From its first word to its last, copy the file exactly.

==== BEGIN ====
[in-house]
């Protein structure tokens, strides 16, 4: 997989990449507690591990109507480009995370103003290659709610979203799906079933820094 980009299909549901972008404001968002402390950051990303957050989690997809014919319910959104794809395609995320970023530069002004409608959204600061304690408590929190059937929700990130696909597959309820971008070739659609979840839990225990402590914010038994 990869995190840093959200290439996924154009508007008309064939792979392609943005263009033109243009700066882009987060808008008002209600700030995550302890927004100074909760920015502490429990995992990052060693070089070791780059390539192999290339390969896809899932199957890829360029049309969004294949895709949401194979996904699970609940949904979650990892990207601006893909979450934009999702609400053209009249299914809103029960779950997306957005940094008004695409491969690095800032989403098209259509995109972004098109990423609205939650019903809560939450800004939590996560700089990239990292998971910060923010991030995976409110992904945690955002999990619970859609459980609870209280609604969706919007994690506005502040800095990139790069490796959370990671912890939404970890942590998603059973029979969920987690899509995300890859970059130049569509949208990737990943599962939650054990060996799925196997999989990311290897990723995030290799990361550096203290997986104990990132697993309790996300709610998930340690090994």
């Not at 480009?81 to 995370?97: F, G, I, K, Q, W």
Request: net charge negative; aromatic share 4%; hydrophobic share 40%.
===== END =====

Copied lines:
[in-house]
């Protein structure tokens, strides 16, 4: 997989990449507690591990109507480009995370103003290659709610979203799906079933820094 980009299909549901972008404001968002402390950051990303957050989690997809014919319910959104794809395609995320970023530069002004409608959204600061304690408590929190059937929700990130696909597959309820971008070739659609979840839990225990402590914010038994 990869995190840093959200290439996924154009508007008309064939792979392609943005263009033109243009700066882009987060808008008002209600700030995550302890927004100074909760920015502490429990995992990052060693070089070791780059390539192999290339390969896809899932199957890829360029049309969004294949895709949401194979996904699970609940949904979650990892990207601006893909979450934009999702609400053209009249299914809103029960779950997306957005940094008004695409491969690095800032989403098209259509995109972004098109990423609205939650019903809560939450800004939590996560700089990239990292998971910060923010991030995976409110992904945690955002999990619970859609459980609870209280609604969706919007994690506005502040800095990139790069490796959370990671912890939404970890942590998603059973029979969920987690899509995300890859970059130049569509949208990737990943599962939650054990060996799925196997999989990311290897990723995030290799990361550096203290997986104990990132697993309790996300709610998930340690090994």
């Not at 480009?81 to 995370?97: F, G, I, K, Q, W």
Request: net charge negative; aromatic share 4%; hydrophobic share 40%.